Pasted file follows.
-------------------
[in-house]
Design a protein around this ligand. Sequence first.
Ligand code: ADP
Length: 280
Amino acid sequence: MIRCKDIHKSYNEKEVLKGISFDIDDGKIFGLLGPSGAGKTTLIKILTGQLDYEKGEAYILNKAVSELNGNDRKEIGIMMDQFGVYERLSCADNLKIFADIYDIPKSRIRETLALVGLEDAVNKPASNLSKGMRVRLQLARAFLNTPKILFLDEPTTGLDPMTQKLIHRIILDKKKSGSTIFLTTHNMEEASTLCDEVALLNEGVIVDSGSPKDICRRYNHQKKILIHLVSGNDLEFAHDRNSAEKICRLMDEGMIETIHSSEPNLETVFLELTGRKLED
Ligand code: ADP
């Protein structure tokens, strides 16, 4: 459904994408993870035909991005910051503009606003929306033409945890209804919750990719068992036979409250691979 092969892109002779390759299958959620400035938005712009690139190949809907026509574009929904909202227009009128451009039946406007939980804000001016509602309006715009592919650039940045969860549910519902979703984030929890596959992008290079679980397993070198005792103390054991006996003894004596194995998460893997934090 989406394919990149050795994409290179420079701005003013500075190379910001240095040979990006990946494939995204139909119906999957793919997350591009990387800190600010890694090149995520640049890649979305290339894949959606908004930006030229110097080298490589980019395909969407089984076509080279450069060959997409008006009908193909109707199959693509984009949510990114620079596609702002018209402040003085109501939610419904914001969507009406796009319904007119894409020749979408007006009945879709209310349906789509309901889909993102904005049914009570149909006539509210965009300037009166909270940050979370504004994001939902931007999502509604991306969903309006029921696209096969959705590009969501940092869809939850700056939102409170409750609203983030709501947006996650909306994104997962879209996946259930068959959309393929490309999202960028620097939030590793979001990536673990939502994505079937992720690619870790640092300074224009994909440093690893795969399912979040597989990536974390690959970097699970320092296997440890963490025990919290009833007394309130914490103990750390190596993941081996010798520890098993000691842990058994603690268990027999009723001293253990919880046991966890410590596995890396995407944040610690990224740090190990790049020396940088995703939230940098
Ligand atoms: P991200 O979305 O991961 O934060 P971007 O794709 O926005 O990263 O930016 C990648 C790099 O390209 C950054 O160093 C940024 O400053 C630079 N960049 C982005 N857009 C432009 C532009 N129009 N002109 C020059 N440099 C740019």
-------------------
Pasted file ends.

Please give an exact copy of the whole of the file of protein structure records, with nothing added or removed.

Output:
[in-house]
Design a protein around this ligand. Sequence first.
Ligand code: ADP
Length: 280
Amino acid sequence: MIRCKDIHKSYNEKEVLKGISFDIDDGKIFGLLGPSGAGKTTLIKILTGQLDYEKGEAYILNKAVSELNGNDRKEIGIMMDQFGVYERLSCADNLKIFADIYDIPKSRIRETLALVGLEDAVNKPASNLSKGMRVRLQLARAFLNTPKILFLDEPTTGLDPMTQKLIHRIILDKKKSGSTIFLTTHNMEEASTLCDEVALLNEGVIVDSGSPKDICRRYNHQKKILIHLVSGNDLEFAHDRNSAEKICRLMDEGMIETIHSSEPNLETVFLELTGRKLED
Ligand code: ADP
């Protein structure tokens, strides 16, 4: 459904994408993870035909991005910051503009606003929306033409945890209804919750990719068992036979409250691979 092969892109002779390759299958959620400035938005712009690139190949809907026509574009929904909202227009009128451009039946406007939980804000001016509602309006715009592919650039940045969860549910519902979703984030929890596959992008290079679980397993070198005792103390054991006996003894004596194995998460893997934090 989406394919990149050795994409290179420079701005003013500075190379910001240095040979990006990946494939995204139909119906999957793919997350591009990387800190600010890694090149995520640049890649979305290339894949959606908004930006030229110097080298490589980019395909969407089984076509080279450069060959997409008006009908193909109707199959693509984009949510990114620079596609702002018209402040003085109501939610419904914001969507009406796009319904007119894409020749979408007006009945879709209310349906789509309901889909993102904005049914009570149909006539509210965009300037009166909270940050979370504004994001939902931007999502509604991306969903309006029921696209096969959705590009969501940092869809939850700056939102409170409750609203983030709501947006996650909306994104997962879209996946259930068959959309393929490309999202960028620097939030590793979001990536673990939502994505079937992720690619870790640092300074224009994909440093690893795969399912979040597989990536974390690959970097699970320092296997440890963490025990919290009833007394309130914490103990750390190596993941081996010798520890098993000691842990058994603690268990027999009723001293253990919880046991966890410590596995890396995407944040610690990224740090190990790049020396940088995703939230940098
Ligand atoms: P991200 O979305 O991961 O934060 P971007 O794709 O926005 O990263 O930016 C990648 C790099 O390209 C950054 O160093 C940024 O400053 C630079 N960049 C982005 N857009 C432009 C532009 N129009 N002109 C020059 N440099 C740019």